How super works
Superannuation can be a tax effective way to save for your retirement. The money comes from contributions made into your super fund by your employer and is ideally, topped up by your own money, if possible.
* There are certain tax implications, based on age, payment type & retirement phase but generally super can be accessed and is tax free from age 60.
Enjoy tax savings
Super funds tax rate is capped at 15%. For most people, super will be taxed at a much lower rate than a similar investment outside super. So, consider the following tax strategies.
Under a superannuation salary sacrifice arrangement, your employer can make additional super contributions when you arrange for some of your pre-tax salary to be paid into your super fund. Your salary for tax purposes is then reduced, saving you money.
Case study: Crystal boosts her super by salary sacrificing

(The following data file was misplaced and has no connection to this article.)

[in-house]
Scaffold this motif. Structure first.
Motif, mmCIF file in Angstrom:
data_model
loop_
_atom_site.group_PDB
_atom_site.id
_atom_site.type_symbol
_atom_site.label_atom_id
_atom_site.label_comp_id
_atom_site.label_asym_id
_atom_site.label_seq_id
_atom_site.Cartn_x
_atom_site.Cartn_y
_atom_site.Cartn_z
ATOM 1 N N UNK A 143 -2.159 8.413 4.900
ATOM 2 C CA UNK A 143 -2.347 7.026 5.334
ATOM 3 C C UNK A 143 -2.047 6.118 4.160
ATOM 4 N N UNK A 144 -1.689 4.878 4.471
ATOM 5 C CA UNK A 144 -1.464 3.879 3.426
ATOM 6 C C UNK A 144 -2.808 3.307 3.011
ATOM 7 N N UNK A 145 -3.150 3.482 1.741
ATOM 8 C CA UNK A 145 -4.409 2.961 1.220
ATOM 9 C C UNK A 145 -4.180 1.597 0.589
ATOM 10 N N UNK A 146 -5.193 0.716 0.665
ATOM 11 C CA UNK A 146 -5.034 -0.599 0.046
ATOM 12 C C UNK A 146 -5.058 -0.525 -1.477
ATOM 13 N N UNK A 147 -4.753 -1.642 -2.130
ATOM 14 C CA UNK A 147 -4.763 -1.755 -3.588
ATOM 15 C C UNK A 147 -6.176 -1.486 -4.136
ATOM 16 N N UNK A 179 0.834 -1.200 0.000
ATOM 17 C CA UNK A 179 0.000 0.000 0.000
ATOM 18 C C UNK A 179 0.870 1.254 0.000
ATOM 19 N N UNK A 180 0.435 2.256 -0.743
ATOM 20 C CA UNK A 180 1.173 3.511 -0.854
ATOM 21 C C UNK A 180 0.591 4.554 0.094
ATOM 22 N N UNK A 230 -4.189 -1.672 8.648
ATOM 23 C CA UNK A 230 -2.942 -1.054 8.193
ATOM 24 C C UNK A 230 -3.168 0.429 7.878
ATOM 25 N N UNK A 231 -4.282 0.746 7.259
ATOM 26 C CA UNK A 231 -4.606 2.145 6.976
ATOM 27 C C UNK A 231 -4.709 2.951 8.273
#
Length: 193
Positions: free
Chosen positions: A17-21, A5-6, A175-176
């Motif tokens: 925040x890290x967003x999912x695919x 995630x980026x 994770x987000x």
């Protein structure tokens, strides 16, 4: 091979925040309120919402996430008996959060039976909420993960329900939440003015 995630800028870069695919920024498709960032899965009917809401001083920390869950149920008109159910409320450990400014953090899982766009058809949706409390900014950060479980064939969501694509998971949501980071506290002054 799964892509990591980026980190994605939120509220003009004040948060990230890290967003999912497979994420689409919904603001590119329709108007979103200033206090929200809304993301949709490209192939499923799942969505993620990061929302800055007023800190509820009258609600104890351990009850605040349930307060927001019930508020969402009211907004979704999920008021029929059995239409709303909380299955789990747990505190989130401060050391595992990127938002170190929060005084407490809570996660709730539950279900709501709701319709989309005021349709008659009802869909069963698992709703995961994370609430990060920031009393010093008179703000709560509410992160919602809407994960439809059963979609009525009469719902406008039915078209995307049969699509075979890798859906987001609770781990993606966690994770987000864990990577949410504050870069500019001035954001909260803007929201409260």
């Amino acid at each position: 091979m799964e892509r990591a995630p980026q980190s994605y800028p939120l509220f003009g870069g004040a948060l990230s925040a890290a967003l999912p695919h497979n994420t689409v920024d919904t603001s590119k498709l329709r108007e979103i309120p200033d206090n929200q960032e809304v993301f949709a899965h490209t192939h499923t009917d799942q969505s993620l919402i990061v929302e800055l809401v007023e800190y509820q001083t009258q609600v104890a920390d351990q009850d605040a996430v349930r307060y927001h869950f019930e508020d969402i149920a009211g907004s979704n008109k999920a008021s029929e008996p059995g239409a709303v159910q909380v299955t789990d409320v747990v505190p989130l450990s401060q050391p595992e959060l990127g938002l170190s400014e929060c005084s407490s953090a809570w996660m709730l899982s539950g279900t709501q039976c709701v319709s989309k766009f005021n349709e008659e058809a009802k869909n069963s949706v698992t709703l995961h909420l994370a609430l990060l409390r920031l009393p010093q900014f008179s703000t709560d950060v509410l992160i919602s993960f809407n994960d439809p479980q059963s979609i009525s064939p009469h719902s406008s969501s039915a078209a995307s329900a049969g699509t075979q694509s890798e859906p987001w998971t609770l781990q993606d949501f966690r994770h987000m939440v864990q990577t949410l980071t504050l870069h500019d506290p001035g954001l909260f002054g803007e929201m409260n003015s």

Crystal earns $90,000 before tax. If Crystal decides to salary sacrifice $10,000 of her pay into super, Crystal’s net pay will drop by $6,415, but she will save $3,585 in personal income tax and boost her super by $8,500.
The 10% income test was abolished from 1 July, which means employees can claim a tax deduction in their tax returns for personal super contributions made, provided they are within the concessional contribution cap of $25,000.
As at June 2011, there was three asset classes representing 75% of all SMSF investments – Australian shares, cash & property. Property has been a big hit; super funds can now borrow and negatively gear to purchase property using an Instalment Warrant Arrangement.
Australian shares, paying fully franked dividends, are popular, since the 30% franking credits are used to offset the 15% super funds tax.
*The information contained in this article is general information and it has been prepared without considering your individual objectives, financial situation or needs. Please contact us at Accumulus Advisory on (03) 93774400 for any further information.